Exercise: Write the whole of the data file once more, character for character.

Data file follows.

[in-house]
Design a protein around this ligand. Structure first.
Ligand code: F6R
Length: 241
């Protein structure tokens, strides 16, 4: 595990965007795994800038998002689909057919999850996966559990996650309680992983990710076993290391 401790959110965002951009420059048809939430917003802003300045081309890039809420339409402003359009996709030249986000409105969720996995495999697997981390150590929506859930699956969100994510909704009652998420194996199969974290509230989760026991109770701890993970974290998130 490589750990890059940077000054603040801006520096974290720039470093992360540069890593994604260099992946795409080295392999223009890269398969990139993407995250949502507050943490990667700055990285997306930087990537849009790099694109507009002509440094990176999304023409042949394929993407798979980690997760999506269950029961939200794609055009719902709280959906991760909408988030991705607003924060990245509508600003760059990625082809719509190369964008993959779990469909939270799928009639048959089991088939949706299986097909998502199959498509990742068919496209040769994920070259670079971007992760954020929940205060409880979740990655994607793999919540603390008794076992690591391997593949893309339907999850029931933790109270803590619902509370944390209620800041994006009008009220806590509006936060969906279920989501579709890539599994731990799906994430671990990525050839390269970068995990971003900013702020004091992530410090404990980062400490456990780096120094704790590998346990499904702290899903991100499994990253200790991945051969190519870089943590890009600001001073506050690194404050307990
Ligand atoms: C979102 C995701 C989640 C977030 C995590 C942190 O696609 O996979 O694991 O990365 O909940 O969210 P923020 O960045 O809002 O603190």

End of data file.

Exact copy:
[in-house]
Design a protein around this ligand. Structure first.
Ligand code: F6R
Length: 241
């Protein structure tokens, strides 16, 4: 595990965007795994800038998002689909057919999850996966559990996650309680992983990710076993290391 401790959110965002951009420059048809939430917003802003300045081309890039809420339409402003359009996709030249986000409105969720996995495999697997981390150590929506859930699956969100994510909704009652998420194996199969974290509230989760026991109770701890993970974290998130 490589750990890059940077000054603040801006520096974290720039470093992360540069890593994604260099992946795409080295392999223009890269398969990139993407995250949502507050943490990667700055990285997306930087990537849009790099694109507009002509440094990176999304023409042949394929993407798979980690997760999506269950029961939200794609055009719902709280959906991760909408988030991705607003924060990245509508600003760059990625082809719509190369964008993959779990469909939270799928009639048959089991088939949706299986097909998502199959498509990742068919496209040769994920070259670079971007992760954020929940205060409880979740990655994607793999919540603390008794076992690591391997593949893309339907999850029931933790109270803590619902509370944390209620800041994006009008009220806590509006936060969906279920989501579709890539599994731990799906994430671990990525050839390269970068995990971003900013702020004091992530410090404990980062400490456990780096120094704790590998346990499904702290899903991100499994990253200790991945051969190519870089943590890009600001001073506050690194404050307990
Ligand atoms: C979102 C995701 C989640 C977030 C995590 C942190 O696609 O996979 O694991 O990365 O909940 O969210 P923020 O960045 O809002 O603190």